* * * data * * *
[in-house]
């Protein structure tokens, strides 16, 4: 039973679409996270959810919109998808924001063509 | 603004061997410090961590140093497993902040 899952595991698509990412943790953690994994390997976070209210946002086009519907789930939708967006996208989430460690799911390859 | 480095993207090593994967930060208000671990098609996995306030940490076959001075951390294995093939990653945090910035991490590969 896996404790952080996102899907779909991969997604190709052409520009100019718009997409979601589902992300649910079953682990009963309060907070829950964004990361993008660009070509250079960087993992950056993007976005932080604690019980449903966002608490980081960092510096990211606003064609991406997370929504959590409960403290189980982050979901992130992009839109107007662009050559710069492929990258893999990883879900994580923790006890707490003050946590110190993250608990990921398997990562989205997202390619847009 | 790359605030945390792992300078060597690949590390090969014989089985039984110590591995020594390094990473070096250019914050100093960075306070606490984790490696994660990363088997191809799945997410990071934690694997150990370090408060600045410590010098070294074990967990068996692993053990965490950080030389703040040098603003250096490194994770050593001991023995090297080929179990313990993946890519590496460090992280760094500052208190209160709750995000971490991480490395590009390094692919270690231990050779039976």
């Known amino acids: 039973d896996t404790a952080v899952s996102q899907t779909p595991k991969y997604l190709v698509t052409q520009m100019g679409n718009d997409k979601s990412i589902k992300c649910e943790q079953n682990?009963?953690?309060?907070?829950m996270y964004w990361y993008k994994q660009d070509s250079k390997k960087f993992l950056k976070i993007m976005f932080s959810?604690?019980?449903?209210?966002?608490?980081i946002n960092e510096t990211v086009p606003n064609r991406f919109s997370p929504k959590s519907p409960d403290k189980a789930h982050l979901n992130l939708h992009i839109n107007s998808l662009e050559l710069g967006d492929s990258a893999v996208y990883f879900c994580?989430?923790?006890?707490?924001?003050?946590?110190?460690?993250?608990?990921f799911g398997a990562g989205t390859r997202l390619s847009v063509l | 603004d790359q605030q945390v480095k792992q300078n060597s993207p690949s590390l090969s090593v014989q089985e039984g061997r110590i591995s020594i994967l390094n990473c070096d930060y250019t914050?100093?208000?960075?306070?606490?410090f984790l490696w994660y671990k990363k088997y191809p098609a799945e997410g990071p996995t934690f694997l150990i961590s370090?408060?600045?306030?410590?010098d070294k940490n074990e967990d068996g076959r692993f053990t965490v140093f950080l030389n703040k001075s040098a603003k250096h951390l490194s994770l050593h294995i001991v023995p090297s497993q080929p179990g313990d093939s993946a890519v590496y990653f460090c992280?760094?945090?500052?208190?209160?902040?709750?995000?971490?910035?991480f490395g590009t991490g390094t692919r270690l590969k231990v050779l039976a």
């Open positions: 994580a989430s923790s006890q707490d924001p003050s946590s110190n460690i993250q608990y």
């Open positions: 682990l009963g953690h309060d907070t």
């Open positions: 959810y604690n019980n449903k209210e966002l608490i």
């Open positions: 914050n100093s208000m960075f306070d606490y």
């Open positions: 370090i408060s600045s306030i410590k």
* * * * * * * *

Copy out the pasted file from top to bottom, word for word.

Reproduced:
[in-house]
């Protein structure tokens, strides 16, 4: 039973679409996270959810919109998808924001063509 | 603004061997410090961590140093497993902040 899952595991698509990412943790953690994994390997976070209210946002086009519907789930939708967006996208989430460690799911390859 | 480095993207090593994967930060208000671990098609996995306030940490076959001075951390294995093939990653945090910035991490590969 896996404790952080996102899907779909991969997604190709052409520009100019718009997409979601589902992300649910079953682990009963309060907070829950964004990361993008660009070509250079960087993992950056993007976005932080604690019980449903966002608490980081960092510096990211606003064609991406997370929504959590409960403290189980982050979901992130992009839109107007662009050559710069492929990258893999990883879900994580923790006890707490003050946590110190993250608990990921398997990562989205997202390619847009 | 790359605030945390792992300078060597690949590390090969014989089985039984110590591995020594390094990473070096250019914050100093960075306070606490984790490696994660990363088997191809799945997410990071934690694997150990370090408060600045410590010098070294074990967990068996692993053990965490950080030389703040040098603003250096490194994770050593001991023995090297080929179990313990993946890519590496460090992280760094500052208190209160709750995000971490991480490395590009390094692919270690231990050779039976």
């Known amino acids: 039973d896996t404790a952080v899952s996102q899907t779909p595991k991969y997604l190709v698509t052409q520009m100019g679409n718009d997409k979601s990412i589902k992300c649910e943790q079953n682990?009963?953690?309060?907070?829950m996270y964004w990361y993008k994994q660009d070509s250079k390997k960087f993992l950056k976070i993007m976005f932080s959810?604690?019980?449903?209210?966002?608490?980081i946002n960092e510096t990211v086009p606003n064609r991406f919109s997370p929504k959590s519907p409960d403290k189980a789930h982050l979901n992130l939708h992009i839109n107007s998808l662009e050559l710069g967006d492929s990258a893999v996208y990883f879900c994580?989430?923790?006890?707490?924001?003050?946590?110190?460690?993250?608990?990921f799911g398997a990562g989205t390859r997202l390619s847009v063509l | 603004d790359q605030q945390v480095k792992q300078n060597s993207p690949s590390l090969s090593v014989q089985e039984g061997r110590i591995s020594i994967l390094n990473c070096d930060y250019t914050?100093?208000?960075?306070?606490?410090f984790l490696w994660y671990k990363k088997y191809p098609a799945e997410g990071p996995t934690f694997l150990i961590s370090?408060?600045?306030?410590?010098d070294k940490n074990e967990d068996g076959r692993f053990t965490v140093f950080l030389n703040k001075s040098a603003k250096h951390l490194s994770l050593h294995i001991v023995p090297s497993q080929p179990g313990d093939s993946a890519v590496y990653f460090c992280?760094?945090?500052?208190?209160?902040?709750?995000?971490?910035?991480f490395g590009t991490g390094t692919r270690l590969k231990v050779l039976a």
């Open positions: 994580a989430s923790s006890q707490d924001p003050s946590s110190n460690i993250q608990y």
């Open positions: 682990l009963g953690h309060d907070t």
């Open positions: 959810y604690n019980n449903k209210e966002l608490i």
């Open positions: 914050n100093s208000m960075f306070d606490y």
């Open positions: 370090i408060s600045s306030i410590k």